By Chua Kong Ho and Ian C. Sayson
Dec. 8 (Bloomberg) -- Asian stocks and U.S. index futures advanced after U.S. President-elect Barack Obama pledged the biggest public works program in about 50 years and India lowered interest rates.
Komatsu Ltd., the world’s No. 2 maker of construction machinery, jumped 11 percent after Obama said he’s planning the largest spending package since President Dwight D. Eisenhower created the interstate highway system. Tata Motors Ltd., India’s biggest truckmaker, rose 9.7 percent as the government unveiled a $4 billion stimulus plan. Hong Kong Exchanges & Clearing Ltd. surged 17 percent after the financial secretary said a plan permitting Chinese to buy the city’s shares is still on track.
“Governments, not only the U.S., must spend to replace the growth that will be lost from weak consumer spending,” said Jonathan Ravelas, a strategist at Banco de Oro Unibank Inc. in Manila, which has more than $6 billion in trust assets under management. “Investors have been waiting for this kind of stimulus to cushion the effects of a global slowdown.”
The MSCI Asia Pacific Index gained 4.5 percent to 83.13 as of 2:41 p.m. in Tokyo, the most since Nov. 5. About 17 stocks rose for each that declined. The measure fell 3.8 percent last week as commodity prices slumped amid signs the global recession is deepening. The gauge is valued at 12 times estimated profit, almost a third below its level at the start of 2008.
Japan’s Nikkei 225 Stock Average advanced 5.4 percent to 8,341.67. Mizuho Financial Group Inc. rose after loan growth at the country’s banks accelerated in November as the global credit crisis shut companies out from the bond market.
Government Support Measures
Hong Kong’s Hang Seng Index surged 7.5 percent. Australia’s S&P/ASX 200 Index jumped 4.1 percent, led by Santos Ltd., the country’s third-biggest oil and gas producer, amid takeover speculation. South Korea’s Kospi Index climbed 8 percent. Most markets open for trading in the region advanced, with Singapore, Indonesia and Malaysia closed for public holidays.
Governments worldwide have introduced measures this year to buttress their economies against the worst financial crisis since the Great Depression. Australia will start making one-time payments to families and pensioners as part of its $6.8 billion stimulus package from today, ministers said. Chinese leaders begin their annual economic conference in Beijing today.
Futures on the Standard & Poor’s 500 Index climbed 2 percent today. The stock gauge climbed 3.7 percent on Dec. 5 as insurer Hartford Financial Services Group Inc. increased its profit forecast and said it’s weathering the credit turmoil.
Komatsu, which counts the Americas as its biggest overseas market, jumped 11 percent to 1,007 yen, snapping a five-day, 21 percent decline. Westfield Group, the shopping center owner that derived 39 percent of its 2007 sales from the U.S., climbed 4 percent to A$13.75.
Obama said on Dec. 6 will boost investment in roads, bridges and public buildings to create and preserve 2.5 million jobs. U.S. companies cut payrolls at the fastest pace in 34 years, with the unemployment rate rising to the highest level since 1993, reports last week showed.
“At the moment governments are the only ones feeding cash into the system,” said Masaru Hamasaki, who helps oversee about $3.3 billion at Toyota Asset Management Co. in Tokyo. “It’s a fair bet to say the policies of the U.S. will support demand.”
Tata Motors added 9.7 percent to 168 rupees. Housing Development Finance Corp., India’s biggest mortgage lender, rose 5.4 percent to 1,507.05 rupees. The Reserve Bank of India on Dec. 6 cut its repurchase rate to 6.5 percent from 7.5 percent on Dec. 6. The government said yesterday it will spend an extra 200 billion rupees ($4 billion) in the year ending March 31.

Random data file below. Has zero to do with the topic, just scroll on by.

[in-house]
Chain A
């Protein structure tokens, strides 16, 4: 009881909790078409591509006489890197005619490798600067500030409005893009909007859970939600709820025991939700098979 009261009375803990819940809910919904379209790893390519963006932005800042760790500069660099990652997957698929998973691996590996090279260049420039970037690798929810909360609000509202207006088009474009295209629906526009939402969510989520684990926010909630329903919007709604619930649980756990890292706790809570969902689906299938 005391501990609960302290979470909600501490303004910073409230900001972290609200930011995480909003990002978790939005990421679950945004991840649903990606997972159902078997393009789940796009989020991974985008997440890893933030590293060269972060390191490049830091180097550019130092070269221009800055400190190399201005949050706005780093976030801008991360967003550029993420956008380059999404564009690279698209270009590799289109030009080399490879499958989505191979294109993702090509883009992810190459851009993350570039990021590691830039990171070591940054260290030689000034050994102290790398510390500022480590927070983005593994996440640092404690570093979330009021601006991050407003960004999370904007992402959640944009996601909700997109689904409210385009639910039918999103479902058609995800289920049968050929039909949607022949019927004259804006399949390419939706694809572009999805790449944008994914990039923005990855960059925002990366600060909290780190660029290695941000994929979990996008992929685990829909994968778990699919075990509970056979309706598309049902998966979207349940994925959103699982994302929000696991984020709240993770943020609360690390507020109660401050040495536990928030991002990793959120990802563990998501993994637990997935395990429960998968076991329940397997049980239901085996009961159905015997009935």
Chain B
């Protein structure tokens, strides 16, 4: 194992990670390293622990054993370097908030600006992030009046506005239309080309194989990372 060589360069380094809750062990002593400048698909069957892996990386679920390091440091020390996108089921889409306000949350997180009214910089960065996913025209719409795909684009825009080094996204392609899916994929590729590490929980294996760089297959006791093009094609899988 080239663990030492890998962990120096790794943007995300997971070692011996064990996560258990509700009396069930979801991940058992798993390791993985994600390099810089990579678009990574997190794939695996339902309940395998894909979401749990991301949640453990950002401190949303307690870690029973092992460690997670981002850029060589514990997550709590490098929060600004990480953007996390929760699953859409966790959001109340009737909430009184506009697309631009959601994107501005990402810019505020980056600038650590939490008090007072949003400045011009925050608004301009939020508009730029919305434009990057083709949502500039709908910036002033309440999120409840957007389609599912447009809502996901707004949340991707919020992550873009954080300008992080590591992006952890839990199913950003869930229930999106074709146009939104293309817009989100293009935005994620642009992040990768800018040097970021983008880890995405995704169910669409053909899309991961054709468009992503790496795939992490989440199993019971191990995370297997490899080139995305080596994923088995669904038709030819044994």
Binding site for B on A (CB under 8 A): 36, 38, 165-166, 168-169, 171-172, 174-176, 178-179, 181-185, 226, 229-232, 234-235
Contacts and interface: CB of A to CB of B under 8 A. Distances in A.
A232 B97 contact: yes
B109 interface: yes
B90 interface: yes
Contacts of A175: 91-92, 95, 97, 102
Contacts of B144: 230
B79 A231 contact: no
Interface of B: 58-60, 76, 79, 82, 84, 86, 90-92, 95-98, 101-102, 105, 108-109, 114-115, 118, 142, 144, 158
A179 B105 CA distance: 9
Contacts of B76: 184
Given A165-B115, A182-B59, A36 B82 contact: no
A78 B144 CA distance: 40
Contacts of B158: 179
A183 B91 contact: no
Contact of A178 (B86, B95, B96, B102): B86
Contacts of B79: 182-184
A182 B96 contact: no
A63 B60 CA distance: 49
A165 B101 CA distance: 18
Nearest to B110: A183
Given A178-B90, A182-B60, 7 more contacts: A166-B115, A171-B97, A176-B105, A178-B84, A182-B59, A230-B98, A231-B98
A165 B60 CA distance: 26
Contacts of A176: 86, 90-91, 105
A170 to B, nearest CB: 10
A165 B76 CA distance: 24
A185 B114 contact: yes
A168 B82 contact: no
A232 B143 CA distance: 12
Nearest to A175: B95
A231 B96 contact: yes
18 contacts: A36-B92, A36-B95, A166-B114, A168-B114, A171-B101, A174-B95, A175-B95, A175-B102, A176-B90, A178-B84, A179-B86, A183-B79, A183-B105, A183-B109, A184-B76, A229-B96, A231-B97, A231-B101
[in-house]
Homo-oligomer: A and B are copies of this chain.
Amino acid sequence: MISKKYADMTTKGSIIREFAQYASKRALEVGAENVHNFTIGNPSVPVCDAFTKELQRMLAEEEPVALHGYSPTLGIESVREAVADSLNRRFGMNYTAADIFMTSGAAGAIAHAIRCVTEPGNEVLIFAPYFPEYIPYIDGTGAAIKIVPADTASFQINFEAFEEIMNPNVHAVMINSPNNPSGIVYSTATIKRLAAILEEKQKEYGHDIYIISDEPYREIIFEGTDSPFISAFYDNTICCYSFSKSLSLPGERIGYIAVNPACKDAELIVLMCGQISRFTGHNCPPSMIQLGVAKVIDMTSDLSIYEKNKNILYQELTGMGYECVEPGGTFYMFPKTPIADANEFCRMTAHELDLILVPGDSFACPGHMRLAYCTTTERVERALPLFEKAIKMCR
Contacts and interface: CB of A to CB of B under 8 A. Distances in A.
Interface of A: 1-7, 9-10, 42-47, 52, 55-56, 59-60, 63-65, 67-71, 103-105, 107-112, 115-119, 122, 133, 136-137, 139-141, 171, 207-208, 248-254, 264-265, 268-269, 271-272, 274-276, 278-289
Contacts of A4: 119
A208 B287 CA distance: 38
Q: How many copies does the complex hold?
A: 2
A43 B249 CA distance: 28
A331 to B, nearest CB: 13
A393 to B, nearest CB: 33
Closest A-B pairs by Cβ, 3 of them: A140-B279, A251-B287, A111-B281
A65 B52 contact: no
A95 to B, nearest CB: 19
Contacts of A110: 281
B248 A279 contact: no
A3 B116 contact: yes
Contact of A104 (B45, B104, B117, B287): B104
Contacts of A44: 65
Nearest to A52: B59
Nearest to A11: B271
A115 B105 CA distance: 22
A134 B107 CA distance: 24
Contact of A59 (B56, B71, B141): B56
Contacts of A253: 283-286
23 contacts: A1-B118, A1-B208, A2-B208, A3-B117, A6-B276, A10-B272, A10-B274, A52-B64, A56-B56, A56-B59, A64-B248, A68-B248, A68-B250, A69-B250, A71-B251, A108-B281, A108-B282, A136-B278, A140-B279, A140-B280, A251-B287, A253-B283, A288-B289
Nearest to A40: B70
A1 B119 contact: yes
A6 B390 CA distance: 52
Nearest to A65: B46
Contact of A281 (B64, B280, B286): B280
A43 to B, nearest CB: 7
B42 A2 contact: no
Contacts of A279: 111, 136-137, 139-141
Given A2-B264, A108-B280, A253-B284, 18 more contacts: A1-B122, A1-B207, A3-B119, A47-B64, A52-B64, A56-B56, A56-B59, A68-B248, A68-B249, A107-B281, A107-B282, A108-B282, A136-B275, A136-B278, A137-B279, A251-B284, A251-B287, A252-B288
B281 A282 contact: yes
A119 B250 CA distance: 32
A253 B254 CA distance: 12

Hong Kong Exchanges, which manages Asia’s third-largest bourse, surged 17 percent to HK$71.80. China’s so-called “through train” plan that allows the country’s citizens to buy Hong Kong stocks is “something that will come,” Hong Kong Financial Secretary John Tsang said at a forum in the city.
In Japan, Mizuho Financial added 4 percent to 219,100 yen. Sumitomo Mitsui Financial Group Inc. gained 3 percent to 305,000 yen. Loans, excluding those by credit associations, rose 3.6 percent in November from a year earlier after growing 2.3 percent in October, the Bank of Japan said today.
Lenders also advanced as the cost to protect Australian and Japanese bonds against default declined. Commonwealth Bank of Australia climbed 6.2 percent to A$32.80. National Australia Bank Ltd. added 5.8 percent to A$20.96.
The Markit iTraxx Japan index fell 3 basis points to 370 in Tokyo, according to prices from Credit Suisse Group. The Markit iTraxx Australia index was quoted 10 basis points lower at 390 basis points, Citigroup Inc. data show. A hundred basis points make up one percentage point.
Chinese banks advanced after the China Securities Journal reported on Dec. 5 that the government is considering cutting the business tax imposed on banks’ revenue to 3 percent from the current 5 percent.
Industrial & Commercial Bank of China Ltd., the nation’s largest bank, climbed 7.9 percent to HK$4.39 in Hong Kong. China Construction Bank Corp., the No. 2 lender, added 8.6 percent to HK$4.79, while Bank of China Ltd. rose 6.4 percent to HK$2.50.
Santos gained 9.1 percent to A$13.25, snapping a five-day losing streak. China National Petroleum Corp., the parent of Hong Kong-listed PetroChina Co., is considering linking with a partner to bid for Santos, the South China Morning Post reported.
Aeon Co., Japan’s largest supermarket operator, jumped 7.3 percent to 888 yen, the most since Nov. 10. Mitsubishi Corp., Japan’s biggest trading house, will purchase a stake of about 5 percent in Aeon and form an alliance to buy and distribute goods and open stores, two people familiar with the matter said Dec. 6.